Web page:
An Introduction...

I believe that, in life, every person has one passion that will emerge and that they can wholly dedicate themselves to if they wish to do so. My father, for example, fell in love with all things Russia at the age of seven; more than 40 years later, every job he has ever held has involved the country and its language. Similarly, there are those who played Doctors and Nurses as a child and are now studying for a degree in Medicine, or the children who scribbled plays, short stories and diaries on every scrap of paper they could find that are now successfully selling books in their thousands.

For me, my 'calling' is in Holocaust education.

As with most children in the U.K., my first real contact with the history of the Holocaust came around the age of 14 in secondary school. Within a Second World War module, we covered the rising anti-Semitism in Germany and, later, Europe, the concentration camps that were set up etc. We were given textbooks that contained the usual nauseating photographs of dead bodies designed to shock and keep children from distraction to appreciate the seriousness of the subject matter. In my opinion, however, it is very easy for a person to become desensitised to such material, and the stories of individuals - later emphasised by the Holocaust Educational Trust - is what really hits home. It was also in this year that we had Holocaust survivor Rudi Oppenheimer visit our school and give a presentation. His talk was fascinating, his story truly remarkable, but hearing is not like seeing, as I discovered a year later.

As part of the Year 10 GCSE History course, we took a five-day trip to Berlin and Krakow, including a day's visit to what is now Auschwitz Memorial and Museum. The timing wasn't exactly ideal; we had slept overnight on a coach from Germany to Poland, and, being teenagers, had stayed up until the early hours of the morning for the fun of it. We emerged tired, apprehensive and emotional. By the time we had been shown the horrific exhibits of human hair and shoes in Auschwitz I, there wasn't a dry eye in our entire company, even from the boys who prided themselves on being 'tough'.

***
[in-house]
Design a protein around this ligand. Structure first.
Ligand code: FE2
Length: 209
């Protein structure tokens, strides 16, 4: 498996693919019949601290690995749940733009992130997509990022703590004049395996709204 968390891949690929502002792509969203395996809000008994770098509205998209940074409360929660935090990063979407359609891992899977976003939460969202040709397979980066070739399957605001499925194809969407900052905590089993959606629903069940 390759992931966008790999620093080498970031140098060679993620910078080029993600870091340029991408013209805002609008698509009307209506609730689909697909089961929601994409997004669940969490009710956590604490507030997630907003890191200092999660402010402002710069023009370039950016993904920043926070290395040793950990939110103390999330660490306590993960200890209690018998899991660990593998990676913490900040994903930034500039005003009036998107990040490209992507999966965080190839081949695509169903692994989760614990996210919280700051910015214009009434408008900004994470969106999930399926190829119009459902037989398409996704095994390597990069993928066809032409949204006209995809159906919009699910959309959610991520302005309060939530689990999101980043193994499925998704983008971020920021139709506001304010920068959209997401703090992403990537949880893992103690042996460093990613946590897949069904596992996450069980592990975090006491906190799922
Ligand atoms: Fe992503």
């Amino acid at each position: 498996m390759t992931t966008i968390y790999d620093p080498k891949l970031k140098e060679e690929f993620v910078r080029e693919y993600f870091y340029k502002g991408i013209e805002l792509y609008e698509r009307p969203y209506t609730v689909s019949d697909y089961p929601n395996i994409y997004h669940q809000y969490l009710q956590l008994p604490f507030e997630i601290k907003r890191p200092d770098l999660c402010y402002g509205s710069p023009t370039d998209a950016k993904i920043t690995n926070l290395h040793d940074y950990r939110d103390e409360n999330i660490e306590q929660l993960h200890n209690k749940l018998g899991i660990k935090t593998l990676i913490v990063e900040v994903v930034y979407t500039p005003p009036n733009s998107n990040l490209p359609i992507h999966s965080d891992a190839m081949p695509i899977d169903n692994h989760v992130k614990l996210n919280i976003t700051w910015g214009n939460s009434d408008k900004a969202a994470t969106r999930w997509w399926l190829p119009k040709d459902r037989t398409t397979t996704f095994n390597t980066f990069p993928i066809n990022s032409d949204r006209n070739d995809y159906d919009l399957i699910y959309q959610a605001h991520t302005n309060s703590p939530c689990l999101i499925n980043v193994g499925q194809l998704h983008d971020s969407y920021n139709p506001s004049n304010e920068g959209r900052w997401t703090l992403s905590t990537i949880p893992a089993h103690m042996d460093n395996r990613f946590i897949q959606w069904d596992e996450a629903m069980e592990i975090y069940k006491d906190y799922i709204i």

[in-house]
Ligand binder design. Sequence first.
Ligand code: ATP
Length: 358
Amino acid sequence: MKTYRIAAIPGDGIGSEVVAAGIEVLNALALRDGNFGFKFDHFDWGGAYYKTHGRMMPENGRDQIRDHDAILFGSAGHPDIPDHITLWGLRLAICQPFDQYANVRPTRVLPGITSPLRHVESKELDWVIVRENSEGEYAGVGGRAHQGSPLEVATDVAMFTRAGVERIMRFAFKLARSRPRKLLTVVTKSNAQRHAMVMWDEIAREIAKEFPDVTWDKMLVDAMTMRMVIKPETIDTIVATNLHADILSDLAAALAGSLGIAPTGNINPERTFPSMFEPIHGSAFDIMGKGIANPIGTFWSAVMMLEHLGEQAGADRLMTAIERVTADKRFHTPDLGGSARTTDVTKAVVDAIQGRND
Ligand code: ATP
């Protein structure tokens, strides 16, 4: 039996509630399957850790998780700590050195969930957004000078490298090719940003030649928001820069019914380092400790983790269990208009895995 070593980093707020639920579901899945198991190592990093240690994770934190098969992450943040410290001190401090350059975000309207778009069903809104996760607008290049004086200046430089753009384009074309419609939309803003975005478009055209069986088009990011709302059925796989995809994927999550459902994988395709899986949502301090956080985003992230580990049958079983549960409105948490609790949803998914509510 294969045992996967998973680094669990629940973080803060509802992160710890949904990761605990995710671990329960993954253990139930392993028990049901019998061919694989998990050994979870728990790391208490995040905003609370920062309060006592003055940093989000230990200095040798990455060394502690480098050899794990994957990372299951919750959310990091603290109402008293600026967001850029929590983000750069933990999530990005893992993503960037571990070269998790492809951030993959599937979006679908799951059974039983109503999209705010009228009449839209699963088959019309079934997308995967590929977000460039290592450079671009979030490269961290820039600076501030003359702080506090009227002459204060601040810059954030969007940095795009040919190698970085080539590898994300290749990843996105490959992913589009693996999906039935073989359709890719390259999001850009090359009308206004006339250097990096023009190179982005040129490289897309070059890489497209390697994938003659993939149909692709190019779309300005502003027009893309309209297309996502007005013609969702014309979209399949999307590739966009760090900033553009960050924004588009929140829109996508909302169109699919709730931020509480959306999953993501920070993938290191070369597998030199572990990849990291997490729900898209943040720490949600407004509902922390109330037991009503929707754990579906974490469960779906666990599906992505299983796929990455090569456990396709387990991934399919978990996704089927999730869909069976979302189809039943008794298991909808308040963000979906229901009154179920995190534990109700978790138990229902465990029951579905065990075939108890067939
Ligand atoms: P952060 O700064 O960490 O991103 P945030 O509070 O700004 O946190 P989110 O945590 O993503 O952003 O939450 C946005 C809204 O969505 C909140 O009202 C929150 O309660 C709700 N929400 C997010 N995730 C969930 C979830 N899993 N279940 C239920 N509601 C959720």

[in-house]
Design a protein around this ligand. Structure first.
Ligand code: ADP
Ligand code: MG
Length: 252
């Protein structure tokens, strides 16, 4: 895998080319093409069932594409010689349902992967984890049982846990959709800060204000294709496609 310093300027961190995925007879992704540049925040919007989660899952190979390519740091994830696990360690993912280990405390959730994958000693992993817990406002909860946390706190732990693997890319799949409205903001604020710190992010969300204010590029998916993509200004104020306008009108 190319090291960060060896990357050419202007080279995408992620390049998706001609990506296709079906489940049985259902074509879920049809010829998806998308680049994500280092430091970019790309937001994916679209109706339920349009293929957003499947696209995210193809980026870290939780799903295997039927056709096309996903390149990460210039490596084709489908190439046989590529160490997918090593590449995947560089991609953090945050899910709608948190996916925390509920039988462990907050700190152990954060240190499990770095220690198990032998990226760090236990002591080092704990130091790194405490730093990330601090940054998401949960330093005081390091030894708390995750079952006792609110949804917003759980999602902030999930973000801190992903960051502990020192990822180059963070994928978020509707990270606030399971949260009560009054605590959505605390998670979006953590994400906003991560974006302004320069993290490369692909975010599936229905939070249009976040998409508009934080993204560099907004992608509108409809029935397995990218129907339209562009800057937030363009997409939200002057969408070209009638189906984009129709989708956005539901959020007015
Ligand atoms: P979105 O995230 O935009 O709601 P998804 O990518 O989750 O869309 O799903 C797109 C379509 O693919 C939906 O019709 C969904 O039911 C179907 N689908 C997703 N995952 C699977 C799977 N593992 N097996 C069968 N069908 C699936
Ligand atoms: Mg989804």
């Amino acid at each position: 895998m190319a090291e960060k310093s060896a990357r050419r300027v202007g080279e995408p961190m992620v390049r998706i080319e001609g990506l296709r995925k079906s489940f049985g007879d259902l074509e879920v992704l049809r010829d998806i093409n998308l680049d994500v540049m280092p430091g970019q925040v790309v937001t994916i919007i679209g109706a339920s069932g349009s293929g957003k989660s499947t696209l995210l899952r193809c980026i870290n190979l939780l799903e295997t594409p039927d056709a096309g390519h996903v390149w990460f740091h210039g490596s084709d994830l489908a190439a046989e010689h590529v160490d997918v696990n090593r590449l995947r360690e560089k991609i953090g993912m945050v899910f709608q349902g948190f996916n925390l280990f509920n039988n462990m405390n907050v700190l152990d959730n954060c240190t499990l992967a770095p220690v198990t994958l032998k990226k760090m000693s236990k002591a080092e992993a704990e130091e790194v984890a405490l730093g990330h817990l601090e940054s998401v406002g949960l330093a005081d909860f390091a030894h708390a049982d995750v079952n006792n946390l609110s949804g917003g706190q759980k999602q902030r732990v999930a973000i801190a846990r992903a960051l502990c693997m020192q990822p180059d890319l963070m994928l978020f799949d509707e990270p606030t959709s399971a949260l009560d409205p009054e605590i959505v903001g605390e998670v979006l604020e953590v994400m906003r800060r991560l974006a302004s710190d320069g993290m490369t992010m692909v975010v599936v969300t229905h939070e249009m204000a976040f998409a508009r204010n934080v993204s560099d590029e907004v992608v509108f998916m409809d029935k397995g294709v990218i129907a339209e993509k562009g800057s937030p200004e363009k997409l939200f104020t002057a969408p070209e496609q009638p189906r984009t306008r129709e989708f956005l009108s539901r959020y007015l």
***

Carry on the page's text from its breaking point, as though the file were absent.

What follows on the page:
The visit to Auschwitz certainly left an impression on me, but it wasn't until Year 12 that I would realise how significant this impression was. In school we were told about the Holocaust Educational Trust's 'Lessons from Auschwitz' project, in which two Sixth Formers from participating schools would attend seminars and a one-day trip to the former extermination camp. A friend, Amrit Kaur Lohia, and I were picked out of a hat to attend, such was the interest in the project - an intervention of fate that may well have changed the direction of my future. The project was a real eye-opener, dealt with in a sensitive and thought-provoking way. In the Orientation seminar, we heard the last ever public testimony of Josef Perl, survivor of Auschwitz and other concentration camps. On our 21-hour round trip to the camp itself - waking up in London at 3:00am and returning home by midnight the same day - we were read poems and took part in discussions. This time, nobody cried, proving that a person never knows just how may they react to such a place, even if they have been there previously.

Our follow-up project consisted of teaching lessons about the Holocaust to Year 10 classes in school and encouraging them to produce artwork, poems or statements about what they felt they had learned. However, we were both itching to take our project to a higher level; thus, Amrit and I gave workshops in a few other local schools, also asking for artwork, which was then exhibited in the local town centre. Holocaust survivor Zigi Shipper was present, giving a small talk and examining the works for himself.

Since then, I have been invited to attend Holocaust Memorial Day events, Student Ambassador events for the Trust and occasionally give talks to other students currently on the 'Lessons from Auschwitz' project. It is my job to speak about the work I have done and inspire others to think as big as they like in terms of their projects, because, as I always say, "The sky really is the limit with such things". As well as the three aforementioned survivors, I have met and heard testimonies from numerous others, including Ruth Barnett, Kitty Hart-Moxon and Ben Helfgott. After one talk Amrit and I gave at a Trust event, we had survivors approaching us, tears in their eyes, saying, "Thank you, thank you so much. Now we know that when we die, our lessons will not be forgotten. It means so much to us." This was by far the most humbling experience I have had to date.

On Sunday 24th June 2012, I will be flying out to Poland for a five-day course based in and around Auschwitz Memorial and Museum. It will be challenging, to say the least; I know no Polish and I will know none of the staff nor participants, aside from the fact that I will spend most of my days in a place where millions of people were gassed and murdered. I hope to use this space to record my thoughts and feelings in preparation, during and after the trip.

Thank you for taking the time to read this post. More will undoubtedly follow shortly.